The film industry has seen its share of ups and downs due to the financial issues impacting economies worldwide in the past decade.
However, the growth of 3D films, which have commanded higher ticket prices, has buoyed the industry's fortunes through continued profits. Weathering the advent of streaming movies, piracy, and reduced entertainment budgets, filmmakers have put a lot of stock in 3D movies and the potential for enormous profits.
A Modest Beginning
Although modern 3D movies are light years beyond the movies that came out in the 1950s, when the first 3D movies were released, the arrival of 3D in the ‘50s mirrors the reasons why Hollywood and film industries the world over have embraced the technology today. In the 1950s, Hollywood was under attack from the shiny invention of television, and 3D films were supposed to be the answer to falling revenues.
Interestingly, 3D film technology was actually in existence in 1915, but the first significant push didn't happen until the 1950s and its resurgence wasn't felt until after the turn of the millennium. Throughout the last century, there were several efforts to improve the technology and make it palatable for a wide selection of features, such as the rather poor efforts in the 1980s to reintroduce 3D in action-adventure films like "Jaws 3D."
TV and Movie Technology Meet
In a similar fashion today, the film industry has embraced digital filmmaking and 3D technology as a way to make the movies "feel" big when compared to the entertainment experience of a home theater system. Bigger budgets, bigger 3D, and tons of digital special effects have infiltrated summertime movie theaters. The arrival of enormous flat screen televisions with 3D technology that doesn't even require a pair of glasses has shown that even consumer electronics companies have jumped on the 3D bandwagon.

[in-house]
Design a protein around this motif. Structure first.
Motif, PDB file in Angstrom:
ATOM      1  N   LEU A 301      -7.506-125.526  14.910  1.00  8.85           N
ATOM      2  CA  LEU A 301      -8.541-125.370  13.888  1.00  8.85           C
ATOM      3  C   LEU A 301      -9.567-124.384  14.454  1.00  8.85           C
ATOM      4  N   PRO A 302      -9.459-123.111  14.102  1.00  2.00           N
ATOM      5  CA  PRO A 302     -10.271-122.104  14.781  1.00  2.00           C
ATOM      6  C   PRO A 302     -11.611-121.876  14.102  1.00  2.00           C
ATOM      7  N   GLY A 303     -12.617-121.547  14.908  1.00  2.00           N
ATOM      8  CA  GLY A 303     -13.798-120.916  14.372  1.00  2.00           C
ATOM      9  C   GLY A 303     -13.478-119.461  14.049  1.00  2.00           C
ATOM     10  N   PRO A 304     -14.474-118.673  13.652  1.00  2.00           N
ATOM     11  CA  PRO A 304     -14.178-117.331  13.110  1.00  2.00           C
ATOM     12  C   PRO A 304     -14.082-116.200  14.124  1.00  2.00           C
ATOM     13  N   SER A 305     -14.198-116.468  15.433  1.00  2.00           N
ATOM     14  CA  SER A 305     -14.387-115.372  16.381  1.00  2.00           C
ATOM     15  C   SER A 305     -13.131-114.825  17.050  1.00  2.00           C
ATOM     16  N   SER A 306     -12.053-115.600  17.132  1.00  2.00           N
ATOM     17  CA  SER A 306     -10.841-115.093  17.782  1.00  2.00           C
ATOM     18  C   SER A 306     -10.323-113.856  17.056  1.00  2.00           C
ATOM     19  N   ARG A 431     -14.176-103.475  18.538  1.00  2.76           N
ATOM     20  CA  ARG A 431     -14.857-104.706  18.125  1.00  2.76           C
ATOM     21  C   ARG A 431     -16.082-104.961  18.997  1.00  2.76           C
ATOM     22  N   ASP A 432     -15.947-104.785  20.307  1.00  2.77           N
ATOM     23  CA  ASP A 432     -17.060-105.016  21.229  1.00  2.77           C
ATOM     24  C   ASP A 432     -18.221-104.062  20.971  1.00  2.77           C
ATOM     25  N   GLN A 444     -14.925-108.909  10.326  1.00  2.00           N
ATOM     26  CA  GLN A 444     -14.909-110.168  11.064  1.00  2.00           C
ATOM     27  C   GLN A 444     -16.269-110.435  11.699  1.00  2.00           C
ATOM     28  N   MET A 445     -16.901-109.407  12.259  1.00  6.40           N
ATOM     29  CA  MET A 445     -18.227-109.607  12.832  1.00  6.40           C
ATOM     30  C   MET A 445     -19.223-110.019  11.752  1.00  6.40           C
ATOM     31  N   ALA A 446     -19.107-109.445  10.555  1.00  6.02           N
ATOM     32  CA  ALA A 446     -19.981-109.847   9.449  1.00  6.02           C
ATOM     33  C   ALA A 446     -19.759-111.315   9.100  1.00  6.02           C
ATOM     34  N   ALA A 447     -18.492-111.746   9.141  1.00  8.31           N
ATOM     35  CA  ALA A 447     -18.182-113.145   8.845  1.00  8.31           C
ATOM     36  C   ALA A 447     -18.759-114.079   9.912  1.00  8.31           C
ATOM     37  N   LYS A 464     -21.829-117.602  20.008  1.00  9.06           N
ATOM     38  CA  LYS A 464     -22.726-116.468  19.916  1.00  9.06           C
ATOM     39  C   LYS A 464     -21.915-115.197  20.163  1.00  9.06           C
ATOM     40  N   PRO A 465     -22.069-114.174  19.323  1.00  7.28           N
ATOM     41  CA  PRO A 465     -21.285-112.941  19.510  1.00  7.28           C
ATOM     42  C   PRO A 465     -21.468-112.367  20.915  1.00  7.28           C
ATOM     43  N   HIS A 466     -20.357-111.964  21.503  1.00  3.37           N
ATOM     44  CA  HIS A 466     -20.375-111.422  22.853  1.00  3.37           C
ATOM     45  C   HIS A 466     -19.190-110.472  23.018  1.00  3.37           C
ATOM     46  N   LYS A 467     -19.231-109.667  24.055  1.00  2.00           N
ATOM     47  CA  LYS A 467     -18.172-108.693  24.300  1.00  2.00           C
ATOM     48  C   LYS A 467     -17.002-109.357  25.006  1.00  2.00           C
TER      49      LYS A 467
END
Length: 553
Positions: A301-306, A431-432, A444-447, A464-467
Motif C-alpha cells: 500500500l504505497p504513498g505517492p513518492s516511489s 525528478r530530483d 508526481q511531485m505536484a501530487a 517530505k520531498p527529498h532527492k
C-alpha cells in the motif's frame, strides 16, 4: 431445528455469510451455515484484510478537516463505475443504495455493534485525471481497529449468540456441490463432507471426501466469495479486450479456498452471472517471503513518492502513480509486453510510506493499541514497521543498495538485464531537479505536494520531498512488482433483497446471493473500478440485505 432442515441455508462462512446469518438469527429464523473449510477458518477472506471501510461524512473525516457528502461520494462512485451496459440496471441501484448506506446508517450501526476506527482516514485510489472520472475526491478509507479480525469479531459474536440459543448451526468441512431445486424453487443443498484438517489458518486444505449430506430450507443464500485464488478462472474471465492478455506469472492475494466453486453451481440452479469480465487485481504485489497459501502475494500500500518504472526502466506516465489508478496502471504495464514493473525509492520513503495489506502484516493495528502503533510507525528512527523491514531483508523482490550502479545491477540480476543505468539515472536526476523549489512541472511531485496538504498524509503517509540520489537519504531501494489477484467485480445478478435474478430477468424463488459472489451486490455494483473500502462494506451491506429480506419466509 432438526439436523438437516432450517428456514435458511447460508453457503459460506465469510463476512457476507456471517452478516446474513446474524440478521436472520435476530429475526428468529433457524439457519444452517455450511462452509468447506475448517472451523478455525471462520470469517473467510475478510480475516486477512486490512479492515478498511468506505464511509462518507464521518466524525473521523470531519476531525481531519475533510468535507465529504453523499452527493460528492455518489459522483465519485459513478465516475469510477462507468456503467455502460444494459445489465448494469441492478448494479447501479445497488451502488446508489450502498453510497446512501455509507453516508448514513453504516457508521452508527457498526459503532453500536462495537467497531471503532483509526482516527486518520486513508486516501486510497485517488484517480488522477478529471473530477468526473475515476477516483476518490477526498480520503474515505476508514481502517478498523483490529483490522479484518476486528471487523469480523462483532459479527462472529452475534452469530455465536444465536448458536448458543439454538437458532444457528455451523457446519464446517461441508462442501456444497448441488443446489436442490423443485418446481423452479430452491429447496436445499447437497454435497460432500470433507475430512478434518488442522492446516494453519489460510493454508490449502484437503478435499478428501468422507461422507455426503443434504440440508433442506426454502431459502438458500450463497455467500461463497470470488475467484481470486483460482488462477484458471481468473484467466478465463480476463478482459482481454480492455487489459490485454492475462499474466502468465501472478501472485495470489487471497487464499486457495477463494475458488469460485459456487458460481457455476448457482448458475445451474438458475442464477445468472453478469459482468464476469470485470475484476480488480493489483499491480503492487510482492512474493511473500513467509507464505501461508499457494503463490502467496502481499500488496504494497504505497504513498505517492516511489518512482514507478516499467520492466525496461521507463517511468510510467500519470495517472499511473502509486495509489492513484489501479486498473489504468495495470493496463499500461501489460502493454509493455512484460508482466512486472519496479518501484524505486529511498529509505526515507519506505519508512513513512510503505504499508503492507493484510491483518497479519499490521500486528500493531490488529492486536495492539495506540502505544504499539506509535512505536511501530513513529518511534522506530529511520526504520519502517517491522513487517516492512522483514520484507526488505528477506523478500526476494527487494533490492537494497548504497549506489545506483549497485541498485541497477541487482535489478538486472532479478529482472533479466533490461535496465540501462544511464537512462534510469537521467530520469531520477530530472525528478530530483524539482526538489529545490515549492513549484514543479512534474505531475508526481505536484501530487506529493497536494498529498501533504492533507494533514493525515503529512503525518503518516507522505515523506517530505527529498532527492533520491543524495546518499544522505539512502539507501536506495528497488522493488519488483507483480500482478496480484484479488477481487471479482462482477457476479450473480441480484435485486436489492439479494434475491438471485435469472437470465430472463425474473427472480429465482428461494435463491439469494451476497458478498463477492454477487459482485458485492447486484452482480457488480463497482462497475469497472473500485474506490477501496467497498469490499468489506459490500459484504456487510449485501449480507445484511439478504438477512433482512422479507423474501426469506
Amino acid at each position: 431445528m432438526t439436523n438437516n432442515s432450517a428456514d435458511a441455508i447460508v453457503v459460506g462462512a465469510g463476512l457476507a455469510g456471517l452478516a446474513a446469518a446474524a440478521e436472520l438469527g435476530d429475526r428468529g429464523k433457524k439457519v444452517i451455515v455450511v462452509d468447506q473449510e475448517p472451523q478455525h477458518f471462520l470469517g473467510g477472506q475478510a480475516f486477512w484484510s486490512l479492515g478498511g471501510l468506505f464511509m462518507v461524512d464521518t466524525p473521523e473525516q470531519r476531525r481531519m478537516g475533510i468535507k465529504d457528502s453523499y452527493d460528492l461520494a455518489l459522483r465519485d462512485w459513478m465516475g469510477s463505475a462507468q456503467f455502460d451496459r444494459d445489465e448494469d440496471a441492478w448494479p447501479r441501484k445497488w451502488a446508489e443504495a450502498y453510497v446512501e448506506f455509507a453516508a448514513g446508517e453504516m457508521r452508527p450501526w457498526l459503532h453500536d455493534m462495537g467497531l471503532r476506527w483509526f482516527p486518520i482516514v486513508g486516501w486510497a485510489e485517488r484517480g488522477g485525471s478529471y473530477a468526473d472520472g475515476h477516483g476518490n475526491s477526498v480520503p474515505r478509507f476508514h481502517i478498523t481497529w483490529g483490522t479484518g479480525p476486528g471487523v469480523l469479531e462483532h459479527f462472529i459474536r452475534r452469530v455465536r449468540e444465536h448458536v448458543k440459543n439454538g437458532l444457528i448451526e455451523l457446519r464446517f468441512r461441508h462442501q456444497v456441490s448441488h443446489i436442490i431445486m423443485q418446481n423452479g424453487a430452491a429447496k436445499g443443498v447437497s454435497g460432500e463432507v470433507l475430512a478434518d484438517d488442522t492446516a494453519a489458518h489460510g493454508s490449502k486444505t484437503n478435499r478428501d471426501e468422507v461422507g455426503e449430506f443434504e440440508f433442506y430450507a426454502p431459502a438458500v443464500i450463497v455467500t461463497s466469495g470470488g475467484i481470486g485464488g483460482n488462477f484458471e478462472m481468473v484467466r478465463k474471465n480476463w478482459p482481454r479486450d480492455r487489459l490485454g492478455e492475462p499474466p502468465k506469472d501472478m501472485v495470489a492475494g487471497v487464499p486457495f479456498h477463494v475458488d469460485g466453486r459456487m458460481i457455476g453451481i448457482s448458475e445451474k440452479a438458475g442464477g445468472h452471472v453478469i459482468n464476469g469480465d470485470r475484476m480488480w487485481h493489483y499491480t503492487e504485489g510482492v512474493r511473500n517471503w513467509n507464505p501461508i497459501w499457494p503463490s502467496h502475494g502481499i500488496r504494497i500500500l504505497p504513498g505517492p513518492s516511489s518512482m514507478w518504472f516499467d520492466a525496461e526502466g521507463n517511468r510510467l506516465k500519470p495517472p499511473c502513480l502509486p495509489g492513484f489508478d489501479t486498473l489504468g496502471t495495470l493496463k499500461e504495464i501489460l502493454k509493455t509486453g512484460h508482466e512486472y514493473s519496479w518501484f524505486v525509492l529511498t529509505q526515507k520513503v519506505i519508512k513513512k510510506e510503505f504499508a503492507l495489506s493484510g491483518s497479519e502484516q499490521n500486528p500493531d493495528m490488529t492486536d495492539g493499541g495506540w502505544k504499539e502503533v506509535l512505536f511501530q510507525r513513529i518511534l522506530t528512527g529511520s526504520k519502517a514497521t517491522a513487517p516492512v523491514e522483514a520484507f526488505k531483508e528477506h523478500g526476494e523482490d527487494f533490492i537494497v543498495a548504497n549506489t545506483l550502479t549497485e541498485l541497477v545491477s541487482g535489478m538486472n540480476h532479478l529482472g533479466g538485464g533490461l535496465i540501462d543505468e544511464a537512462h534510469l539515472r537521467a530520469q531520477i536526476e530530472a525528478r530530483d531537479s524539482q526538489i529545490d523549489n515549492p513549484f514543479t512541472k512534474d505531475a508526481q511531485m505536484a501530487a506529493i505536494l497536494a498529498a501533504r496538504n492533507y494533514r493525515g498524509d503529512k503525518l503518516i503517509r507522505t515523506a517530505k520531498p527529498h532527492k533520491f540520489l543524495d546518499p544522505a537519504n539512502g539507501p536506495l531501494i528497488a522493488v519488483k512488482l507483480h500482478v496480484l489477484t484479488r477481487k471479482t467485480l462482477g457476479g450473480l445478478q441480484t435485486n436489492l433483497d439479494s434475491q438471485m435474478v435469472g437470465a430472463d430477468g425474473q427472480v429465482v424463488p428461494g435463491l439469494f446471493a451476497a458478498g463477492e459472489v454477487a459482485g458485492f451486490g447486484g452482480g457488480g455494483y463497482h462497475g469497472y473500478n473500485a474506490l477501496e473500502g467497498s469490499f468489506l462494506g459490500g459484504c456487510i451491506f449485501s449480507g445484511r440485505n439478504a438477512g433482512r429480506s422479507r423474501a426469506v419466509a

The interesting thing about Hollywood's effort at inundating audiences with 3D movies is that the industry has remained dependent upon home video sales in an era when Internet piracy has eaten strongly into company profits. Although those filmmakers want to see huge box office receipts in theaters, they are also counting upon hefty DVD and Blu-ray sales to boost the bottom line.
Not Just for the Big Blockbusters
Hollywood has certainly embraced 3D technology, and it would appear as though the industry wishes to increase its dominance in today's release schedules. Far from being the domain of $200 million tent-pole movies released in the middle of the summer, 3D movies come in a variety of budgets and genres. Over the past few years, myriad 3D movies have shown up on release schedules, and each year more movies are planned for 3D production.
Ubiquitous Application Potential
One of the interesting facets of development regarding 3D films made in the past decade is that the first films that featured 3D technology were filmed using classic techniques and traditional film cameras, while films created today have been created with digital film cameras for 3D presentation. The impact of this change has meant a smoother implementation of 3D opportunities throughout films rather than the inconsistent application of random scenes where 3D could look good.
Movies based on comic books that feature flying superheroes aren't the only place a moviegoer today will see 3D. Although films with micro-budgets and those that have been made under the banner of independent filmmaking wouldn't be the first place for 3D technology to show up, the technology seems to have spread to midrange budgets. With so many 3D films on the schedule this year, it would seem that 3D technology, and the accompanying higher ticket prices, is here to stay whether the public wants the technology or not.
Author Jake Reynolds is fascinated with technology, be it in films or in 3D Bends and heavy machinery.